He Died 5,300 Years Ago — And Now We Know His Last Meal

Published July 13, 2018

He's the oldest preserved human ever found, and now scientists have extracted the food from his stomach.

Ötzi The Iceman

M. Samadelli/South Tyrol Archaeology MuseumResearchers at work on Ötzi the Iceman.

In 1991, two tourists hiking in the Ötztal Alps of southern Austria happened upon the remains of a human in the ice. Because the body showed only some decay, the hikers assumed that it had belonged to some mountaineer who’d died only recently.

But when researchers examined the remains, they found that the body had been there for 5,300 years. Stunningly well protected by the cold mountain climate, Ötzi the Iceman was the oldest preserved human ever found.

And while researchers have analyzed Ötzi in countless ways since then, they were long unable to locate his stomach. Finally, while looking at radiographic scans in 2009, they realized that his stomach had been pushed up under his ribs where the lungs usually are.

What’s more, like Ötzi himself, the contents of his stomach were extraordinarily well preserved. Now, after years of careful testing and analysis, we know for sure what Ötzi ate just before he died.

According to new research published in the journal Current Biology on July 12, Ötzi’s last meal consisted of ibex meat and fat, einkorn cereals, red deer, and traces of the toxic bracken fern.

Ötzi the Iceman

Paul HANNY/Gamma-Rapho via Getty ImagesTwo mountaineers kneel down beside Ötzi the Iceman just days after his discovery, but before he could be moved, in September 1991.

In order to make this discovery, “the most advanced, modern and cutting-edge methodologies were employed through the collaboration with worldwide scientific partners,” said Frank Maixner, lead author and a microbiologist at the Institute for Mummy Studies in Bolzano, Italy, to All That’s Interesting.

First, the researchers had to defrost the body — normally kept at 21.2 degrees Fahrenheit to prevent microbial invasion — and then carefully pull the food material out of his stomach. They extracted 11 blobs of crumbly yellow/brown material that had been essentially freeze dried, according to Maixner.

Iceman Stomach Contents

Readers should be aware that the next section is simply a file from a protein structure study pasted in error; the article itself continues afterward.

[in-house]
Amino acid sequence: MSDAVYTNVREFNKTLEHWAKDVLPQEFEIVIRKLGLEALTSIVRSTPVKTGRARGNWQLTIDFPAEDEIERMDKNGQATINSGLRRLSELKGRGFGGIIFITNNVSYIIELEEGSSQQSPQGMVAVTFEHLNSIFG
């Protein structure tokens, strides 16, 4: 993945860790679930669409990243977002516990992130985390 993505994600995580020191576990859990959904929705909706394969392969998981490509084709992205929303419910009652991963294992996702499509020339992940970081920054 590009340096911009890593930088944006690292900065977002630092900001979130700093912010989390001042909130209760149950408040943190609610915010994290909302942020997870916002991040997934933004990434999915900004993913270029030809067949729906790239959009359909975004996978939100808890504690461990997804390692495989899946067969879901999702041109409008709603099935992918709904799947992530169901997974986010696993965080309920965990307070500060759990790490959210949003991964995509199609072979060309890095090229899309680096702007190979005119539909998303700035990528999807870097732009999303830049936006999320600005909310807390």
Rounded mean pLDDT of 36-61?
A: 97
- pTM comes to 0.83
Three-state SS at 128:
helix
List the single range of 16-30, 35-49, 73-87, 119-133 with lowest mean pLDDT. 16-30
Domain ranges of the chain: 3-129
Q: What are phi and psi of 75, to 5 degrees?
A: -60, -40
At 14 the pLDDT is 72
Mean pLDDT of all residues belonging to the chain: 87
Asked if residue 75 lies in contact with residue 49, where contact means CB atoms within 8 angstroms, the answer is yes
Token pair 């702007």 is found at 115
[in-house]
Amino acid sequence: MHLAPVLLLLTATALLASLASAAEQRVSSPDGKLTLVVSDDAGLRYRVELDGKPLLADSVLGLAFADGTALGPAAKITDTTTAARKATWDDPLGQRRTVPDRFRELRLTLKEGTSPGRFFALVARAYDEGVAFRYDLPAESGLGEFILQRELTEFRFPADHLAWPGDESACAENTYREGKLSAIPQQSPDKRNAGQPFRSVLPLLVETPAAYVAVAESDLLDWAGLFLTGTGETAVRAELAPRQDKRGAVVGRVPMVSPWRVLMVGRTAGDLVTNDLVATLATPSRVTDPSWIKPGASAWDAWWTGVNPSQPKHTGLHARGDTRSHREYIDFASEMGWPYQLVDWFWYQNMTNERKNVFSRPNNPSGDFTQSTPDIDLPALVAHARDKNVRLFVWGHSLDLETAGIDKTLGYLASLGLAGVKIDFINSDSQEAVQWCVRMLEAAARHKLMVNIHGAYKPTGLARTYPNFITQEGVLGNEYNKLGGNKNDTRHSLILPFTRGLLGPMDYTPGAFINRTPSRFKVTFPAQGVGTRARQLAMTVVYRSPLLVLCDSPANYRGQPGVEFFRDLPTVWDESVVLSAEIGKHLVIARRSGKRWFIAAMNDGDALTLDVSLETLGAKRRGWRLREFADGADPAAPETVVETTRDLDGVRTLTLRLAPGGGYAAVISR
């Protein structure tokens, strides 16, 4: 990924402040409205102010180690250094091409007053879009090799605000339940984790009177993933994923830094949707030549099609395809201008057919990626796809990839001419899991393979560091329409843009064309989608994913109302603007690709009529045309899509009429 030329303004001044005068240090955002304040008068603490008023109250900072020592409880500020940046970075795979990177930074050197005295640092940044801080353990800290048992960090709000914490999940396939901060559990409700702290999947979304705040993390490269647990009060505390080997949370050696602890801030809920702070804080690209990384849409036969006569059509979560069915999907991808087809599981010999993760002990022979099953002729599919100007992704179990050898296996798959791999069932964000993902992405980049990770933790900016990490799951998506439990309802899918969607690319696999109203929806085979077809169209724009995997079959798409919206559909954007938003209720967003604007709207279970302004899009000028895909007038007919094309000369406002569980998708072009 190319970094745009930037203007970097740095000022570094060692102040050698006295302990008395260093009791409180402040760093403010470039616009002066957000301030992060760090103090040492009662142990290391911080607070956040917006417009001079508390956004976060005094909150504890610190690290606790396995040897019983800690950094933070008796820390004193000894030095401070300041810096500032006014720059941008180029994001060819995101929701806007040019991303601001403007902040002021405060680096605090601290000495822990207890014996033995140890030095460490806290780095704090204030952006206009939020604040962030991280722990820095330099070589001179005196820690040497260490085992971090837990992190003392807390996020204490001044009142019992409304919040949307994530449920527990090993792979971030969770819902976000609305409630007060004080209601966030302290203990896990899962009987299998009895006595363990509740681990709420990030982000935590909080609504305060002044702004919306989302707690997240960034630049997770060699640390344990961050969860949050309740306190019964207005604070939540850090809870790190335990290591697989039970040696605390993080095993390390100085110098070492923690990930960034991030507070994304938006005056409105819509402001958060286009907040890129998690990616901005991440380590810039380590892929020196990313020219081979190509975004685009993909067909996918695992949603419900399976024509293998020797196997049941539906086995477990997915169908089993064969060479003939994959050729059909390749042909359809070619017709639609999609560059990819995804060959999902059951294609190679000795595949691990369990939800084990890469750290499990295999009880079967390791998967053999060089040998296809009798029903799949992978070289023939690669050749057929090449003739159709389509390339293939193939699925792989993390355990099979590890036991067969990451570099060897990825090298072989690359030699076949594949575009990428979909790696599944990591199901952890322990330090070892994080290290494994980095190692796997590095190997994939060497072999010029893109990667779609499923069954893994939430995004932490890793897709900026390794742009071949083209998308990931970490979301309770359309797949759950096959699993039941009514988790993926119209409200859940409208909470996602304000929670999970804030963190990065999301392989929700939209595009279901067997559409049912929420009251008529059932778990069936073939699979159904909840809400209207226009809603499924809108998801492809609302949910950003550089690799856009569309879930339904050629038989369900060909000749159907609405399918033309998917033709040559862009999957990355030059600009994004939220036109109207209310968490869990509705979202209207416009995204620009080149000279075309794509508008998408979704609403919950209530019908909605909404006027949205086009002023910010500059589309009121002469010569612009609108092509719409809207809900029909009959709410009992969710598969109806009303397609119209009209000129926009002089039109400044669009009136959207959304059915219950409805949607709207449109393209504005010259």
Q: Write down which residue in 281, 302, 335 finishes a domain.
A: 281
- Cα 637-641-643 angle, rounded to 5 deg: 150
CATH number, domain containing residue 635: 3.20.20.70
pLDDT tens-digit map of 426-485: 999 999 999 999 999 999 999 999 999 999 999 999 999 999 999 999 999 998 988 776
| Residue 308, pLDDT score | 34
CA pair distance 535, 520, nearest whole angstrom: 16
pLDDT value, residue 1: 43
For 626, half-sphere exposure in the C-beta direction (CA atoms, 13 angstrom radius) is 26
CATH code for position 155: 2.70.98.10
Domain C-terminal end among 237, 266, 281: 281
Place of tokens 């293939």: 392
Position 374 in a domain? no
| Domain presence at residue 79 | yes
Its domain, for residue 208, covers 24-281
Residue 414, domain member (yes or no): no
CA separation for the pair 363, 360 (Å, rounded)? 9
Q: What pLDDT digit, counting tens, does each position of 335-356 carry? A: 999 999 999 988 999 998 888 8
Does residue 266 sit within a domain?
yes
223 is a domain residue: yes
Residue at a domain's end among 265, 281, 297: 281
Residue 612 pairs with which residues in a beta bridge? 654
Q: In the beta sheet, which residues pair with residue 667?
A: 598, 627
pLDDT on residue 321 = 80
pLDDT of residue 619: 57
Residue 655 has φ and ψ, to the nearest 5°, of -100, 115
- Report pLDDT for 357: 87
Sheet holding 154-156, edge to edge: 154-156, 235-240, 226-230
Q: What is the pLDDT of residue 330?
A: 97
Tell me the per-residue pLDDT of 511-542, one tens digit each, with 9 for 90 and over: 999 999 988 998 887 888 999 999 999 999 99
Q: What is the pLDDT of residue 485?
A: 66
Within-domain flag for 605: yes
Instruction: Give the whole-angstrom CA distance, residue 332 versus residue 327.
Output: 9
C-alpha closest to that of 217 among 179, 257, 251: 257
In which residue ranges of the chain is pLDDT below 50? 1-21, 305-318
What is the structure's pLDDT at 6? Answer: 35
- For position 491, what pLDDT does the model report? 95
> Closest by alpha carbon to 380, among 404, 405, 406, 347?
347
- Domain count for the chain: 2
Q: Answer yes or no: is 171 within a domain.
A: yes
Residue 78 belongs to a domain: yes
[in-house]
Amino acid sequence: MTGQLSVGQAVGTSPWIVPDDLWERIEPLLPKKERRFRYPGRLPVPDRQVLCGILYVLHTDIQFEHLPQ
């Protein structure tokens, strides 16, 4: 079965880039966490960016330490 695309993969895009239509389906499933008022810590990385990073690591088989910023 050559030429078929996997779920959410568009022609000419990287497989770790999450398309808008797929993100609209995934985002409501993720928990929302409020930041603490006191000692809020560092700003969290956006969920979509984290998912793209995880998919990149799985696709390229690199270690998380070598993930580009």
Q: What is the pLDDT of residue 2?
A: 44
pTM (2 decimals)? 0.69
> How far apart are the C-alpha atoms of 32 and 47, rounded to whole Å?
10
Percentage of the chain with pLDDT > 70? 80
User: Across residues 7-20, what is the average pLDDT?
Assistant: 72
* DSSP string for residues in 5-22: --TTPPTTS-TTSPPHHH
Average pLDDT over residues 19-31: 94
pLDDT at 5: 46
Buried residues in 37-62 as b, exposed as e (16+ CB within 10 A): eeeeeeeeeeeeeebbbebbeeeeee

Institute for Mummy Studies/Eurac Research/Frank MaixnerThe remains of Ötzi the Iceman’s gastrointestinal tract (left), including bundles of muscle fibers studied by the researchers (right).

The chemical analysis of these blobs revealed not only what he’d eaten but also indicated that the meat had likely been dried for preservation before he ate it, given that fresh meat would have spoiled much faster.

The toxic fern particles were harder to explain, however. Based on prior analysis indicating that he had parasites in his gut, the researchers believe it’s possible that he ate the toxic bracken particles in hopes that it would treat the intestinal problems caused by these parasites.

What made more sense than the bracken was the large presence of fat in Ötzi’s stomach. In particular, the researchers found adipose fat, which serves to store energy.

For a man like Ötzi, who lived in a blisteringly cold alpine environment in which food could be scarce, a high-fat diet would make sense in that it would allow him to store energy and survive through the lean times.

“The high and cold environment is particularly challenging for the human physiology and requires optimal nutrient supply to avoid rapid starvation and energy loss,” said Albert Zink, another researcher at the Institute for Mummy Studies.

Ötzi The Iceman Facts

Wikimedia CommonsA recreation of what Ötzi would have looked like when he was alive.

Overall, the contents of Ötzi’s stomach suggested a remarkably well-balanced diet with energy-rich fats, fiber, and protein.

“Compared to our current meals, the Iceman’s food [was] much less processed,” said Maixner. “Just think about the whole grains and still intact muscle fibers we detected.”

But while we now know what Ötzi ate, is it possible that this new discovery can alter the way we look at how people from his time and place ate as a whole?

“Since we have just one individual and one Copper Age meal, we cannot answer this question,” said Maixner. “Still, however, I think it is important to understand our ancestors’ diet and to compare our findings to our modern dietary habits,” he added. Based on these results, “we can understand major shifts in diet in an evolutionary rather small timeframe.”

So, even though not much time separates Ötzi and us in the grand scheme of things, the way humans eat has certainly changed immensely since his day.


Next, have a look at the astonishingly well-preserved remains of the screaming mummies of Guanajuato, Rosalia Lombardo and her allegedly still-working eyes, and the 2,000-year-old Lady Dai.

Kara Goldfarb
Kara Goldfarb is a writer living in New York City.
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